Yes, he is from Argentina, we did discuss mate, and you obviously know about their nicknaming obsession!
I do understand and support how you feel. But, you did temper your response, or so it seemed to me. I think that was the correct choice under the circumstances. You handled her and her outrageous conversation with a diplomacy she could stand to learn from you.
I had a somewhat similar experience at a Thanksgiving dinner at my house many years ago in my previous marriage. In addition to my husband’s family, who all lived locally, we invited various friends who had no family or place to be for the holiday.
We were friends with a woman from Germany whose father served in the German army in WW2. She and I often talked about the war. She was a young child during those years and she shared her stories of the hardships she and her mother and brother experienced. She never once expressed any sympathies for the Nazi beliefs or platform of hate. Later, she married a German man who was raised in Nicaragua. They would live in Nicaragua until the Sandinistas took control. She and her husband were fortunate to escape to the United States with help from his employer, a large American corporation. I always knew her to be a loving and supportive friend to me and many others, people from many countries, cultures, religions, and backgrounds.
Due to our small home, we had a variety of tables set up around the house to accommodate our many guests. My German friends were sitting at the same table as my lesbian friends, one of whom was a non-practicing Jew.
As I was making my rounds as a good hostess making sure guests at each table were eating well and conversing with one another, I paused at their table just in time to hear the German woman say she could understand Hitler’s hatred for the Jews because they were ruining Germany. I was appalled, embarrassed, horrified, flummoxed, and frozen in place. My Jewish friend tried to express her outrage but she mostly sputtered and growled. I tried to defuse the situation by telling the German woman that what she said was inappropriate and unacceptable. I ushered my Jewish friend and her partner to another table.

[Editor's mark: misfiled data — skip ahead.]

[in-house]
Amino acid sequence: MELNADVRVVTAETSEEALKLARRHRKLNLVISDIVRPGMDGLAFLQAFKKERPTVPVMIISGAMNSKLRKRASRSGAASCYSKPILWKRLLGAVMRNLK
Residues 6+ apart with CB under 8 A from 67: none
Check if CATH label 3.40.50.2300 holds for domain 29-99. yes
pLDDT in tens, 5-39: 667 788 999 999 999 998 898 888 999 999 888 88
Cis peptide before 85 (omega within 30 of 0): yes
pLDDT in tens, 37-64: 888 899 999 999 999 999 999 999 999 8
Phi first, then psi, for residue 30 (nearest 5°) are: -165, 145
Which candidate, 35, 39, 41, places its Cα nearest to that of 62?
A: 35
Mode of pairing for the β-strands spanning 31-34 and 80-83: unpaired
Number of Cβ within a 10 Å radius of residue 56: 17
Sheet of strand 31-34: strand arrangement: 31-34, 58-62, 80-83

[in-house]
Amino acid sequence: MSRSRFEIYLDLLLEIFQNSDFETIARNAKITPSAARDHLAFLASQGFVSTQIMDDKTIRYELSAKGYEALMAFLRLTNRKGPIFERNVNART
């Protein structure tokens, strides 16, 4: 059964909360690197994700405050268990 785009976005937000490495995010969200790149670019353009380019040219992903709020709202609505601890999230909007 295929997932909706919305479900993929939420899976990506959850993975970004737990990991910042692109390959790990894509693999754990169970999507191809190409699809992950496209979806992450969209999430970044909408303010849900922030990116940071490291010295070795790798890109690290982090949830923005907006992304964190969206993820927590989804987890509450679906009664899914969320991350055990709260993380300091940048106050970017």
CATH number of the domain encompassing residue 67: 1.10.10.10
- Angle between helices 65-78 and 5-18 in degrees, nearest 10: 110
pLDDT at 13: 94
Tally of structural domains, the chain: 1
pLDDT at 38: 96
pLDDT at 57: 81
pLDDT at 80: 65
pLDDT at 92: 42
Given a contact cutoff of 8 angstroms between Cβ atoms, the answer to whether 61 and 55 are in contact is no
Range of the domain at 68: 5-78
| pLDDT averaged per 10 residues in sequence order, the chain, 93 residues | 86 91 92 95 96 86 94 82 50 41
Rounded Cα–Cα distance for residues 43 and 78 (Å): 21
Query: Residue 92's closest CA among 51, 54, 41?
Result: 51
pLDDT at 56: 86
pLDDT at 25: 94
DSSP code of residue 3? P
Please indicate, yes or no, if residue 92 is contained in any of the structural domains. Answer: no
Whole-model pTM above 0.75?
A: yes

My German friends sat alone and quiet during the rest of the meal and left earlier than everyone else. We never spoke of the incident.
I look back now and am ashamed I didn’t do or say more, if not at the dinner then later. But, I didn’t. As a hostess, I felt my duty was to maintain enjoyable and civil exchanges between guests. To make a huge deal out of a comment only heard by four people would have made everyone uncomfortable and most likely would have ruined our holiday. But was the meal worth the price of dignity and truth? Did I do enough or way too little? I was plagued by that question for a long time and by the fact that I continued my friendship with the German woman. I’ve never been able to reconcile my strongly held beliefs with the fact that we remained friends.
Lessons learned? Sometimes defusing a situation is better than stoking the flames. Sometimes I was too weak and afraid to do what I knew was right.
Today, I believe I would handle the situation at the table in a similar manner but I would definitely address my friend about her outrageous and hateful comment and terminate our friendship. Age has made me braver in many ways. I don’t compromise on the big issues anymore. I speak my truth with a boldness I lacked in my youth.
But, still, my cheeks flush with embarrassment when I think of that Thanksgiving. I am glad you won’t have to carry the feeling of guilt and complicity that I did.